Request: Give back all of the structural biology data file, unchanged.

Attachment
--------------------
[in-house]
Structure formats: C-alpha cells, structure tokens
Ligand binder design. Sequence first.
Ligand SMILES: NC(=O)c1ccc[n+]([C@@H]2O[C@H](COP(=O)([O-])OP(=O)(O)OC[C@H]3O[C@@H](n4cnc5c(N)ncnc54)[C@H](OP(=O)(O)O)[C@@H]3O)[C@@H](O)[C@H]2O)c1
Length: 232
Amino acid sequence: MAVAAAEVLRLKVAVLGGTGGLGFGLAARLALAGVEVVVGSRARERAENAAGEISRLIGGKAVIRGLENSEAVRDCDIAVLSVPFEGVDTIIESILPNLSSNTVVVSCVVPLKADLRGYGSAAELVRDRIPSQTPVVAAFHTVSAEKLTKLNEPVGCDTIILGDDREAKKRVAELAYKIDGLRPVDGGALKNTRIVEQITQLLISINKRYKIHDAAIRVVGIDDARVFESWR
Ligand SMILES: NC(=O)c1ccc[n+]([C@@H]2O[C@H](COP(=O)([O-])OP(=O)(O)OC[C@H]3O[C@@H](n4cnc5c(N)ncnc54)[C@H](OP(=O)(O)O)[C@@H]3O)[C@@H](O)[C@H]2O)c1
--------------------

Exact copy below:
[in-house]
Structure formats: C-alpha cells, structure tokens
Ligand binder design. Sequence first.
Ligand SMILES: NC(=O)c1ccc[n+]([C@@H]2O[C@H](COP(=O)([O-])OP(=O)(O)OC[C@H]3O[C@@H](n4cnc5c(N)ncnc54)[C@H](OP(=O)(O)O)[C@@H]3O)[C@@H](O)[C@H]2O)c1
Length: 232
Amino acid sequence: MAVAAAEVLRLKVAVLGGTGGLGFGLAARLALAGVEVVVGSRARERAENAAGEISRLIGGKAVIRGLENSEAVRDCDIAVLSVPFEGVDTIIESILPNLSSNTVVVSCVVPLKADLRGYGSAAELVRDRIPSQTPVVAAFHTVSAEKLTKLNEPVGCDTIILGDDREAKKRVAELAYKIDGLRPVDGGALKNTRIVEQITQLLISINKRYKIHDAAIRVVGIDDARVFESWR
Ligand SMILES: NC(=O)c1ccc[n+]([C@@H]2O[C@H](COP(=O)([O-])OP(=O)(O)OC[C@H]3O[C@@H](n4cnc5c(N)ncnc54)[C@H](OP(=O)(O)O)[C@@H]3O)[C@@H](O)[C@H]2O)c1